Like swallows returning to Capistrano year after year, so has Naomi Campbell to police custody. In this year's arrest, Ms. Campbell was handcuffed and removed yesterday from a British Airways terminal in London, where she allegedly spat at a police officer. Cause? Campbell was among the thousands of people whose luggage has been lost since the airline opened its new Terminal 5, though the only one so far to express her dissatisfaction through expectorating. This, however, is not the first time she's spat in the face of the judicial system, but more about that later.
And while one cannot condone her deplorable and abusive behavior, from a legal standpoint one has to marvel at how she repeatedly gets in trouble in different jurisdictions, where her prior infractions have no bearing on her current imbroglio. Had Campbell been busted at JFK Airport, for example, the runway model would have landed in a Big Apple jail and faced more serious charges because of a previous misdemeanor conviction in New York.
I have followed Campbell's career over the past decade and she is certainly a trendsetter. Among her trends is that she spreads her offensiveness across the globe, and yet limits her arrests to only English-speaking countries, such as the United States, England, and Canada. Breathe easier France and Germany. Australia, take cover!
Another Campbell trend is that the runway model flies off the handle shortly after her planes land or right before they take off. In February 2000, Campbell pleaded guilty in Canada to assaulting her assistant Georgina Galanis while in Toronto making the film, "Prisoner of Love." In that case, Campbell's unmodel-like behavior included whacking Galanis on the head with a telephone. Cause? Campbell was reportedly agitated after having been earlier delayed by Canadian customs. For that Campbell was given a slap - presumably lighter than the one her assistant took to the noggin - with the prosecution seeking merely an acknowledgment of remorse from her in exchange for no jail time or a criminal record.
On March 30, 2006, Campbell was charged with assault for throwing a cell phone at her maid, Ana Scolavino, who required four surgical staples to close a wound on the back of her head. Cause for her trend-in-the-making attack? Campbell couldn't find a particular pair of jeans that she wanted to wear on "Oprah," where she was slated to fly for a taping. Several months later in January 2007, Campbell, once again pleaded guilty to assault, and did five days of community service as well as attended anger management classes.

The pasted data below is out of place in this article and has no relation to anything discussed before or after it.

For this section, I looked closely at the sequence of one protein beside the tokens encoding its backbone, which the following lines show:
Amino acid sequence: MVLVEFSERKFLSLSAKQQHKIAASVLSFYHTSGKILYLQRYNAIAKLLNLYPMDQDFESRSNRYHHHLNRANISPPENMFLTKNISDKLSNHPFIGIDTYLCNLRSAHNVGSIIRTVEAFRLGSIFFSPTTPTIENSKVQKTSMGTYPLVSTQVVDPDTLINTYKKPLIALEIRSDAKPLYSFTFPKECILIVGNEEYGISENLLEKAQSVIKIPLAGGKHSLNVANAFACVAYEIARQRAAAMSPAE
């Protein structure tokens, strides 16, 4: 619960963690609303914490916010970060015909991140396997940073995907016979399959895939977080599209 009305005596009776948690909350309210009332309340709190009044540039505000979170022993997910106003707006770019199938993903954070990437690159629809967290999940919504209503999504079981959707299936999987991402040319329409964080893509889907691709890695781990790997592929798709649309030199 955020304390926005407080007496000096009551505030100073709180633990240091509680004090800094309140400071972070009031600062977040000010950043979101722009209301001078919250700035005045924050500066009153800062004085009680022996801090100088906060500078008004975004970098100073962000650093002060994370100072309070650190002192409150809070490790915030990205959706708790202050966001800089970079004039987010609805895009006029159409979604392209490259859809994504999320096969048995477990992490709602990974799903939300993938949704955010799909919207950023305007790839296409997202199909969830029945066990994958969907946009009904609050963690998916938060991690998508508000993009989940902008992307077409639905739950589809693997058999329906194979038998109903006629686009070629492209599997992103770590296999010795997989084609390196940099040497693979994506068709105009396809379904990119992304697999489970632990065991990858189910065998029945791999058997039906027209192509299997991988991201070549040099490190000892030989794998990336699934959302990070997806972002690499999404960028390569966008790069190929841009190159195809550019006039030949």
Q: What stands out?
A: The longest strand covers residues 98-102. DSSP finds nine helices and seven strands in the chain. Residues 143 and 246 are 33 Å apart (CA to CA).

Wedged in between those "greatest hits" were assorted accusations and lawsuits by various other maids and assistants who claimed they were similarly struck by the poser.
Regardless of how many times Campbell is hauled into court because of her criminal actions, she hasn't reconfigured or reconstituted herself. She clearly hasn't even expressed a genuine shred of remorse. And astoundingly, she has been rewarded for her jumbo jet-sized arrogance. While paying her debt to society at a New York City Department of Sanitation garage (for the Scolavino assault), Campbell essentially spat in the face of justice by mockingly strutting in and out of her five days of community service in haute couture for what became a W magazine cover story.
Resolution: Limit Naomi Campbell's travel to cars, boats and bicycles (but not the tandem kind) and only in non-English speaking countries. She should also only be allowed to use phones for calling her lawyers and not attacking her employees.
If these current allegations are true, it's time for Naomi Campbell to finally pay for her misdeeds. And whether she's striking her staff or spitting on cops in London, New York, Toronto or even in Capistrano, we shouldn't have to swallow that beauty's ugly behavior anymore.